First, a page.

Candi Staton did her mentors proud. She came out of the gate in the early ‘70s with a string of hit R&B records, produced by her great friend, the late Rick Hall of the legendary FAME Studios in Muscle Shoals: “I’d Rather Be an Old Man’s Sweetheart (Than a Young Man’s Fool),” “I’m Just a Prisoner (of Your Good Lovin’),” “Sweet Feeling,” “Stand by Your Man” and a cover of “In the Ghetto” that remains nearly as celebrated as Elvis Presley’s original. In the late ‘70s, she reinvented herself as a disco diva, returning to the charts with “Young Hearts Run Free.” She then returned to her gospel roots, a move that unexpectedly led to her career resurgence in the ‘90s and 2000s, as two songs originally written as Christian anthems, “You Got the Love” and “Hallelujah Anyway,” won new audiences with dance remixes.
In 2014, Staton’s career came full circle with the release of Life Happens, which featured Rick Hall’s final production before his retirement and eventual passing earlier this year: “I Ain’t Easy to Love,” which paired Staton’s soulful croon with two of the many artists she’s influenced, Jason Isbell and The Civil Wars’ John Paul White. “Maybe it was God’s will that I was his last project,” Staton ponders. “Rick loved me more than just as an artist. We had a great relationship. I still miss him.”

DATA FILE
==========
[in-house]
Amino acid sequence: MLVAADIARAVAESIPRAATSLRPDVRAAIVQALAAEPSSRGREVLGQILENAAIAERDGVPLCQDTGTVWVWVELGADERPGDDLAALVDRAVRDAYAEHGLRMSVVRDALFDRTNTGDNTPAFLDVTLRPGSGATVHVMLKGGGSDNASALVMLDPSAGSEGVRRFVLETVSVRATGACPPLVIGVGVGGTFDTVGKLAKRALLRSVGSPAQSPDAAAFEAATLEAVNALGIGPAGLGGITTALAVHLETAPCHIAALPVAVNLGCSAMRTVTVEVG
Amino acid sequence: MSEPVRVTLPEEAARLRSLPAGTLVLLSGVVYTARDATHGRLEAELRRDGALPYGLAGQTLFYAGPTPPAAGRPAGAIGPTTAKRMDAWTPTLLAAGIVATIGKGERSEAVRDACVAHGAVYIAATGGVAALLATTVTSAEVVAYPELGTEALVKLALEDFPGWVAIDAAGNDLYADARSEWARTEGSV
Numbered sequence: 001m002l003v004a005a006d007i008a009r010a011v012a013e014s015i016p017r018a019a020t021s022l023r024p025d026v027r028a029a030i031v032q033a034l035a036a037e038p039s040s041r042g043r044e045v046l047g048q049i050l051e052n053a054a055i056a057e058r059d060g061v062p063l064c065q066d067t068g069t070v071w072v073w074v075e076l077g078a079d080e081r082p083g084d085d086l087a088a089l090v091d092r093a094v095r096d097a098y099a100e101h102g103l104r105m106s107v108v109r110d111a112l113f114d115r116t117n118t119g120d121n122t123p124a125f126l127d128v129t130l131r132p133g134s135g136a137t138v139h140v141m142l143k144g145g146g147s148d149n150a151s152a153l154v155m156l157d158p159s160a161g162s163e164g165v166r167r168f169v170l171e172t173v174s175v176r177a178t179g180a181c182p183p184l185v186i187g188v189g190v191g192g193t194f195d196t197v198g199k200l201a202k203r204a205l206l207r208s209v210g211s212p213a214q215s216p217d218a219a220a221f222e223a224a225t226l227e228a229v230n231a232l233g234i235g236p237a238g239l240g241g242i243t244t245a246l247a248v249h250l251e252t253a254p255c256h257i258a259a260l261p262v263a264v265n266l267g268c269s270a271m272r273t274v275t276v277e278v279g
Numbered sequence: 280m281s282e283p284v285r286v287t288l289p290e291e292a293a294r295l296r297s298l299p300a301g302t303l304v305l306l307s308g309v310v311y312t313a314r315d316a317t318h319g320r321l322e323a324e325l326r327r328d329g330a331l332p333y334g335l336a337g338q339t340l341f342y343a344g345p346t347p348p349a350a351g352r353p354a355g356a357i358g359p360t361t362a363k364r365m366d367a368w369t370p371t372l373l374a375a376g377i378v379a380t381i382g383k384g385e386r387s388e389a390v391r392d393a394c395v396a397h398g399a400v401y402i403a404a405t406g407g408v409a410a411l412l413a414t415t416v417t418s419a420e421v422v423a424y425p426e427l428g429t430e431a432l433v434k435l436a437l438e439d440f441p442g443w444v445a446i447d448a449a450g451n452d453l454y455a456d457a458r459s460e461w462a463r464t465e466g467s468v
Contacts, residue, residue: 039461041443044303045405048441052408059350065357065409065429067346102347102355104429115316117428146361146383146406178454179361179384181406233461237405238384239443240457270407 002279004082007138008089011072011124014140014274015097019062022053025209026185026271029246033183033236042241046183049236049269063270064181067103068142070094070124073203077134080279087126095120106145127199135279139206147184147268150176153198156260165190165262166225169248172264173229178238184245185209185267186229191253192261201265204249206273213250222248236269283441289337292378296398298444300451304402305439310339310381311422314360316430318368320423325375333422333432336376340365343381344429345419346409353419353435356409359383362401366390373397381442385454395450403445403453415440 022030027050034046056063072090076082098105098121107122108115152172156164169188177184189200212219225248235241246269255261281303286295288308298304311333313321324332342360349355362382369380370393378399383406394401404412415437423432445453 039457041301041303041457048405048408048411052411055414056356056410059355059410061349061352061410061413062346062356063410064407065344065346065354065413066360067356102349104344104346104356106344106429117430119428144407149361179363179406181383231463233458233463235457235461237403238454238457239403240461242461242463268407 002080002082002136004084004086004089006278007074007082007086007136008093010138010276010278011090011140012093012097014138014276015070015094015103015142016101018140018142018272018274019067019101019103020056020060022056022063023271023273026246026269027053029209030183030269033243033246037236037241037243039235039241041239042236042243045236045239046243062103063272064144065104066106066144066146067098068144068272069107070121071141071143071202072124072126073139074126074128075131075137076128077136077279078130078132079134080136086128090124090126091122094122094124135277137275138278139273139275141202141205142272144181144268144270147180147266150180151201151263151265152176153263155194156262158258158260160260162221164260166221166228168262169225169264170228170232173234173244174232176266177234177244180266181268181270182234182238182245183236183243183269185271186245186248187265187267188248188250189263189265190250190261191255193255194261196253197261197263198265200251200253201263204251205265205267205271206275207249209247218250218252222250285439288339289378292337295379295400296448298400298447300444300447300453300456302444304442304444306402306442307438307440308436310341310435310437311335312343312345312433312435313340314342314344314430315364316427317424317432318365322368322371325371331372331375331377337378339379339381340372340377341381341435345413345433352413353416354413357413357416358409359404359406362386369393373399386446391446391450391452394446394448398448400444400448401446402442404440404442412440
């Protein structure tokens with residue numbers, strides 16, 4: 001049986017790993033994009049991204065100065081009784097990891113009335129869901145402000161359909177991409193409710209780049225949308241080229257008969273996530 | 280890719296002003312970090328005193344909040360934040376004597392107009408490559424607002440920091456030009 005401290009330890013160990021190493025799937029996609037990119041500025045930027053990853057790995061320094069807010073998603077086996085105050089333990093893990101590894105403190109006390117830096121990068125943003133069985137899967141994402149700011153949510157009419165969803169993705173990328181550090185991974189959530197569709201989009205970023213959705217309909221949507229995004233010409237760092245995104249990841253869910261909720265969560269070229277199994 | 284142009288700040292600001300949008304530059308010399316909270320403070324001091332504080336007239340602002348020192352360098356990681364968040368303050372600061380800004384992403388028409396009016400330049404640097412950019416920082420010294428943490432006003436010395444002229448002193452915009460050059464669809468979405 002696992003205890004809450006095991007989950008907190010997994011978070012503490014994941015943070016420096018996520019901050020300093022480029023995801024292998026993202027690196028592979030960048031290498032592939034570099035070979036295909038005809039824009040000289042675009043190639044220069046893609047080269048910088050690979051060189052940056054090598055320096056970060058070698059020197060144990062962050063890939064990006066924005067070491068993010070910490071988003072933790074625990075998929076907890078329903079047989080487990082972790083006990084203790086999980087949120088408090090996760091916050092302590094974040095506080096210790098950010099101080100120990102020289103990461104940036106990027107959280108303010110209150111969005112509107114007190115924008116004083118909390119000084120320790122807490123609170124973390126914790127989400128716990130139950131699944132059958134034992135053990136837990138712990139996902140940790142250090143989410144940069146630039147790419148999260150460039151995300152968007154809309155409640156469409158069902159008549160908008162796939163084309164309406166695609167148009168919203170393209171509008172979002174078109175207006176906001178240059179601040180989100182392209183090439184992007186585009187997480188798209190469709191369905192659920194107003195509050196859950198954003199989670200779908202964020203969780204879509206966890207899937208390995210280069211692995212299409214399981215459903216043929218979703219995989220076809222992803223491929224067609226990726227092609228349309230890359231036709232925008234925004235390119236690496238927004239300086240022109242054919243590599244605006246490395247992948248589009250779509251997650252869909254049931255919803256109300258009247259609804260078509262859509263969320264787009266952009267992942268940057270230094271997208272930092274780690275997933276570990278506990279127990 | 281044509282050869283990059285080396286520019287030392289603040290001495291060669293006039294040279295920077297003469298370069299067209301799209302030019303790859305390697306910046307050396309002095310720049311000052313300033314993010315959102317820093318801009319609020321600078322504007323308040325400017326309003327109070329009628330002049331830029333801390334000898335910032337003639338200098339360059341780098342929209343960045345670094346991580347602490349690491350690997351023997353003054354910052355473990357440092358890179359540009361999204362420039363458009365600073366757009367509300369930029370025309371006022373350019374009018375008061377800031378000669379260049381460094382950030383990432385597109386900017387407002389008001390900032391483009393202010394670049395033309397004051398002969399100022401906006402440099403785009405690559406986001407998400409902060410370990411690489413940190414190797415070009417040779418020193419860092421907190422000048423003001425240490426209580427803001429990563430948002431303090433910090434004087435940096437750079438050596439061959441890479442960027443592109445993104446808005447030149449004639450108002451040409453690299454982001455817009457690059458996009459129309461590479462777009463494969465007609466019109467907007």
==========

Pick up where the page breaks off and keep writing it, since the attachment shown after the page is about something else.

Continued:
After a lifetime of great music, Staton has accumulated many well-deserved accolades, including induction into the Christian Music Hall of the Fame and the Alabama Music Hall of Fame. But as proud as she is of those acknowledgements, she’s even more proud of her work with victims of domestic violence through her non-profit organization, A Veil of Silence — and deeply grateful that she’s able to continue dazzling audiences with her age-defyingly energetic live shows, mixing music from every era of her storied career.
“I’m in awe every day,” she says of her continued success. “I am so blessed and thankful. There are so many of my peers that are not here to see something like this happen to them. And I’m still here.” You might even say she’s unstoppable.